The city of Taormina in Sicily has it all. It’s perched on a hilltop, therefore boasting amazing views of an active volcano, Mount Etna, while also having beautiful sandy coves, which can be accessed by a steep hike or via cable car. The town’s piazza is one of the best places to watch the sun set in Sicily and a visit to the ancient Greek-Roman theatre is not to be missed– you can even catch a show here today.
Rachel W, Cumbria

Blown away in Sardinia

The Roman amphitheatre of Cagliari
The Roman amphitheatre in Cagliari. Photograph: Luis Leamus/Alamy

Try a short break in Cagliari, a beautiful and bustling port city on the island of Sardinia – . Countless places to eat and drink, all fiercely proud of the local produce. Bombas, a modern burger restaurant, is nestled inside a cave within the stunning medieval city walls. Sightseeing includes La Torre dell’Elefante, an imposing 14th-century limestone tower, the sprawling ruins of the Roman amphitheatre and a host of museums and galleries. We visited not expecting much, but were blown away by what Cagliari had to offer.
Dom S, Accrington

Railway rapture in Genoa

funicular railway Genoa
Photograph: Roberto Lo Savio/Alamy

Genoa is steep, built into the Ligurian cliffs. But if you don’t fancy walking up and down the many staircases, there are a series of delightful funicular railways. The Zecca-Righi funicular gets you from the city centre to the high hills in minutes. But best of all is the cute and weird Ascensore Castello d’Albertis-Montegalletto – a delightful little carriage that trundles you 300 metres into the hillside, before boarding its own lift to leave you high up above the city, overlooking the port and just around the corner from the Museum of World Cultures. Journeys are €0.90.
Thom, London

Friuli had you fooled?

Piazza Libertà in Udine.
Piazza Libertà in Udine. Photograph: MassanPH/Getty Images

Italy but not Italy … That’s the feeling that strikes you as you wander the streets of Udine, in the lesser-known region of Friuli-Venezia-Giulia. Sitting in the shadow of the castle, Piazza Libertà is considered to be the most beautiful Venetian square on terra firma, but it’s the people and food that hint towards a more unusual mix of influences. The local language, Friulian, and the hearty dishes of frico, cjarsons and gubana give clues to the city’s mountainous hinterland and its intoxicating Germanic and Slavic influences. Yet as your senses are filled with new sights, tastes and sounds, a glass of bianco from the Collio vineyards reminds you that, well, maybe this is Italy after all.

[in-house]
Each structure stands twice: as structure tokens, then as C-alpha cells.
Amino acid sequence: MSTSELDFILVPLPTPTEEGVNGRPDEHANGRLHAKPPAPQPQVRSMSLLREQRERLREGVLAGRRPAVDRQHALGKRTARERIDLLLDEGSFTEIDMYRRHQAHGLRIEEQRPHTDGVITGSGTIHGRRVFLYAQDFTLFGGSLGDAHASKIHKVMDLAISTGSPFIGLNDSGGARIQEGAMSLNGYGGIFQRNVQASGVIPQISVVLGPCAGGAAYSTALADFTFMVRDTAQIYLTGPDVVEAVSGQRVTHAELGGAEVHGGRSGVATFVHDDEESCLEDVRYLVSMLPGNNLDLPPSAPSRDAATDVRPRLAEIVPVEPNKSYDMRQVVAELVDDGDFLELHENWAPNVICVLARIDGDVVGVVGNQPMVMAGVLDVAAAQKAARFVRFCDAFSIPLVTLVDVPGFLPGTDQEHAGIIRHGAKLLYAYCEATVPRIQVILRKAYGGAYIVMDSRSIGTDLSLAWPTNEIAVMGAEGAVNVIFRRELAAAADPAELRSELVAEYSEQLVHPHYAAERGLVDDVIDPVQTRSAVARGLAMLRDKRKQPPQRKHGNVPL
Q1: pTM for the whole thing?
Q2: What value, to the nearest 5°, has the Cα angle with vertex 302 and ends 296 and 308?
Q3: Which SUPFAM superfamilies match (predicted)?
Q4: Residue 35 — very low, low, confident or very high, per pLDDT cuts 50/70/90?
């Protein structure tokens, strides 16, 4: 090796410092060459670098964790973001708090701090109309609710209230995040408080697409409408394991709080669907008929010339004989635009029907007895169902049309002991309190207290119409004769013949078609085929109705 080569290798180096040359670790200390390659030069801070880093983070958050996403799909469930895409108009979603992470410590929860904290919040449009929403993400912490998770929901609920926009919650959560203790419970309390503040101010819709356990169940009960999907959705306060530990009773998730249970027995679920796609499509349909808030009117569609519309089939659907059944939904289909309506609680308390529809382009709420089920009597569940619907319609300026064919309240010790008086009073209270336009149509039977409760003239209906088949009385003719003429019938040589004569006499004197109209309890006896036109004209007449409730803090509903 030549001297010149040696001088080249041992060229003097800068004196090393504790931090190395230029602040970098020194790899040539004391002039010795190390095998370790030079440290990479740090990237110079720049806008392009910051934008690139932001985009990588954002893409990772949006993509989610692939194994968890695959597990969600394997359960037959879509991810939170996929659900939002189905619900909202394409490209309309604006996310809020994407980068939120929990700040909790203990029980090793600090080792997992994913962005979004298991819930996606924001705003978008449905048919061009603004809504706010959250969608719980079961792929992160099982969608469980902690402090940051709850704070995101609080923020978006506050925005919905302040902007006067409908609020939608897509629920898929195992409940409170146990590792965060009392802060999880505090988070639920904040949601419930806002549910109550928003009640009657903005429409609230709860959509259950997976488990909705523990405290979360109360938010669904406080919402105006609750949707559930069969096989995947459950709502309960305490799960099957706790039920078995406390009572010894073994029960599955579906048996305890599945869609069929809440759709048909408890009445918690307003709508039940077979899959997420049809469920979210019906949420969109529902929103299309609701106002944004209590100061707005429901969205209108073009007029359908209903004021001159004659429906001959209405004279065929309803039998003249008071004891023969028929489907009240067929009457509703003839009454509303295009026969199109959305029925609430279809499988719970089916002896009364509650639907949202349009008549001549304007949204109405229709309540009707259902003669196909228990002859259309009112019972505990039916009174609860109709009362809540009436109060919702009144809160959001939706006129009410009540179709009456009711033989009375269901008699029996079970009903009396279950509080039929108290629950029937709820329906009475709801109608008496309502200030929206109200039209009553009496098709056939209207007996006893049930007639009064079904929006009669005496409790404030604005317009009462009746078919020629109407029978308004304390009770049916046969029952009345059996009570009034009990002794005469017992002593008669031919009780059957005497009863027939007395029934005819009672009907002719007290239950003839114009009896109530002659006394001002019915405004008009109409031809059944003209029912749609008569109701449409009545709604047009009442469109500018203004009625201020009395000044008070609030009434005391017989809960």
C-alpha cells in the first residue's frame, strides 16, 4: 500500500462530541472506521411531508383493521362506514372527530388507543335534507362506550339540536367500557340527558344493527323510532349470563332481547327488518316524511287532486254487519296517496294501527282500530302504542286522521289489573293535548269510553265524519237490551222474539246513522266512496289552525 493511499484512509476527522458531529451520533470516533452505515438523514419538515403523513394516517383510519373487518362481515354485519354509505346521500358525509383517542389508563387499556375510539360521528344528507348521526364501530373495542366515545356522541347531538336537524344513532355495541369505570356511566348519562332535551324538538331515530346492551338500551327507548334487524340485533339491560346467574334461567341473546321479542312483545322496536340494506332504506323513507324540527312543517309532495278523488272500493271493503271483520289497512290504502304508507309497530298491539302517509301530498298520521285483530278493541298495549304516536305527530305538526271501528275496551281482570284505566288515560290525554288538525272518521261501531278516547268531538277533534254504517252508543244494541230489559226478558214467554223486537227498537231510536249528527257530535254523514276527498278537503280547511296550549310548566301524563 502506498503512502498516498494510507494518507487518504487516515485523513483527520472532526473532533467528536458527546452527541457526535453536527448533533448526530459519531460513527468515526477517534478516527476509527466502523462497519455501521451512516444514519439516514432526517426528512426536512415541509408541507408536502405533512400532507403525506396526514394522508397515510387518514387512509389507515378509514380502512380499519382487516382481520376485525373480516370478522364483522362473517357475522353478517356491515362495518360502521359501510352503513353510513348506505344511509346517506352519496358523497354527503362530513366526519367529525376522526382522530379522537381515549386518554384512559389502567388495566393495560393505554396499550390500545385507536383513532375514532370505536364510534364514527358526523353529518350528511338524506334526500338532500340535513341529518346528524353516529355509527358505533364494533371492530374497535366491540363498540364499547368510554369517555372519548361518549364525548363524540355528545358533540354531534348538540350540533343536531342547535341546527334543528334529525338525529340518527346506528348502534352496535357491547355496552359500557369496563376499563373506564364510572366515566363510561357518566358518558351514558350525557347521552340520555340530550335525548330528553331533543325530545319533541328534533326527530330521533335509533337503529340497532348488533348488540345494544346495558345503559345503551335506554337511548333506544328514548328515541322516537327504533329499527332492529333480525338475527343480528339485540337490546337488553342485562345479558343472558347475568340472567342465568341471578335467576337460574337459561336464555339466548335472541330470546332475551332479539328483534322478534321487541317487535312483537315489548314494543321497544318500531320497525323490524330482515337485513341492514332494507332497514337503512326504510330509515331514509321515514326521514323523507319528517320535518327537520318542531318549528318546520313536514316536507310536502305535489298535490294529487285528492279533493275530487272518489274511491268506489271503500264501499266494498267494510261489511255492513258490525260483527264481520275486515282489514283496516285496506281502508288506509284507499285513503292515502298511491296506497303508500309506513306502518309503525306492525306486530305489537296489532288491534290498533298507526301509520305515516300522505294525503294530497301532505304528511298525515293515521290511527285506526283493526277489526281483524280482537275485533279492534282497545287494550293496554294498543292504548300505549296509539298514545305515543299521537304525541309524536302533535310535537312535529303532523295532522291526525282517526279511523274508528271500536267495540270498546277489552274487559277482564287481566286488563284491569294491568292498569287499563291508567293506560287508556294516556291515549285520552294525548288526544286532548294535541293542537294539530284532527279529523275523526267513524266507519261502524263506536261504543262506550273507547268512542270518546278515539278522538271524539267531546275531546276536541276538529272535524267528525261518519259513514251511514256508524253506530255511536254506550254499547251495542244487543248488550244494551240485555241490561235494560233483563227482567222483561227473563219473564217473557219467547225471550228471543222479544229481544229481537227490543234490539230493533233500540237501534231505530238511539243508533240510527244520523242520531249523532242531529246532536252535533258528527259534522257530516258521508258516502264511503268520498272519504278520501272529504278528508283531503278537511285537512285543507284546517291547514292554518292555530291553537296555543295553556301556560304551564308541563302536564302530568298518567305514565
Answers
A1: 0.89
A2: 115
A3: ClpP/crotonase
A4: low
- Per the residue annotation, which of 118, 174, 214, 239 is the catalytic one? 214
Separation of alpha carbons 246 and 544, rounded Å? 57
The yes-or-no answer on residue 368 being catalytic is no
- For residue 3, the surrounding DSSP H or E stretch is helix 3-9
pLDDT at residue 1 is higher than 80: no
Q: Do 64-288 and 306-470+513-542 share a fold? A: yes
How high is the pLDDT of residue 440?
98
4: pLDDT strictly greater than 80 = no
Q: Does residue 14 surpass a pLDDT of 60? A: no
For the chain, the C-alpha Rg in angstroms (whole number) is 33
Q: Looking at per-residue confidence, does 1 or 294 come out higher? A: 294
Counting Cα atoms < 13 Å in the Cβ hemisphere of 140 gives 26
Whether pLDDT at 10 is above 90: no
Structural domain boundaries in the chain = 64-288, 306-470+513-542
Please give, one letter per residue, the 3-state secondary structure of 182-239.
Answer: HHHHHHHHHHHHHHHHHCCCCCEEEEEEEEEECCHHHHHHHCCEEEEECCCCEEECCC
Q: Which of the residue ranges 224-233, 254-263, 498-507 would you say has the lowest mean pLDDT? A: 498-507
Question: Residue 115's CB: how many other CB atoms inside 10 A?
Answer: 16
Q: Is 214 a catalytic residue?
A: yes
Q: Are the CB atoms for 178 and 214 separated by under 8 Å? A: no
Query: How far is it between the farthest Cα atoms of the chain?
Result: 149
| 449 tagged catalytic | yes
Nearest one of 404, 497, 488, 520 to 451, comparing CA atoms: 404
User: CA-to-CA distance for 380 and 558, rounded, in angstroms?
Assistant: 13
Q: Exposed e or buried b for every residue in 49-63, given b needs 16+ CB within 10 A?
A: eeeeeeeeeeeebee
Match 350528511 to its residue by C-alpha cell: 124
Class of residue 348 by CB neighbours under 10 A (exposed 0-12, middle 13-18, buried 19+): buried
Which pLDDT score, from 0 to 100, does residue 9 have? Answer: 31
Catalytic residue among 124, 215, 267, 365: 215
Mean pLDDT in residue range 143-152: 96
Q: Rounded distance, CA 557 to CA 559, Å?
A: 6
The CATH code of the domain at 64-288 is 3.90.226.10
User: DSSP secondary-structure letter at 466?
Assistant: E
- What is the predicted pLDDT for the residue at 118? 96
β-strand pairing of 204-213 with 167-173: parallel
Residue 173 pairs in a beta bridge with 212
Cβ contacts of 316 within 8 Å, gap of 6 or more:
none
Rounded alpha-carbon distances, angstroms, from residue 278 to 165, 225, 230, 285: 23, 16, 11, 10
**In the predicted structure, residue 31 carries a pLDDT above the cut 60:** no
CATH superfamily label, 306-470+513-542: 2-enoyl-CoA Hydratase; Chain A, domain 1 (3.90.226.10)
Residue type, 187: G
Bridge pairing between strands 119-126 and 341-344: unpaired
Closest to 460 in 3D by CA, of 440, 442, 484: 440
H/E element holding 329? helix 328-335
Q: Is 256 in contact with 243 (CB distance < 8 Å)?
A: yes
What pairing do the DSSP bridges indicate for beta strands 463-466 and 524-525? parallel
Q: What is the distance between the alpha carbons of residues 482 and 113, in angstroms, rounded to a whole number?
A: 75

Steve Bassett, Exeter



Source link

The Perfect Tuscany Road Trip Through Italy’s Beautiful Countryside


There are many good road trips out there, but driving through Tuscany is on a whole other level. Tuscany is a very manageable region, size-wise, roughly the size of New Jersey, and has a good and easy to maneuver road system. The countryside is picture-book perfect, with green hills dotted with slender cypress trees standing in line, vineyards, and sunflower fields at every corner, and pretty much every single town and village worth stopping off at.

It is gorgeous in summer, but it gets extremely hot in the narrow medieval town centers — too hot to sightsee, really. In spring you can get a fair bit of rain, explaining the lush green countryside, but early fall is quite perfect. If you can aim for early or mid-September, then you get the best of everything.

And, while you should obviously choose a car in accordance with your budget and level of driving comfort, can I suggest that this is the time to get a small-ish convertible? Small enough to maneuver through the narrow village lanes and the cities, but with a nice retractable roof to allow you to not only see Tuscany but to feel the Tuscan sun on your face and the Tuscan breeze in your hair. Cliche? Too right, but so worth it.

As for the itinerary detailed here — I have driven around Tuscany a few times, and these are the places I keep revisiting every time. They do not encompass every beautiful village and hilltop Tuscany has to offer, but this itinerary gives you a good overview, especially if this is your first time in the region.

Buon viaggio!



Source link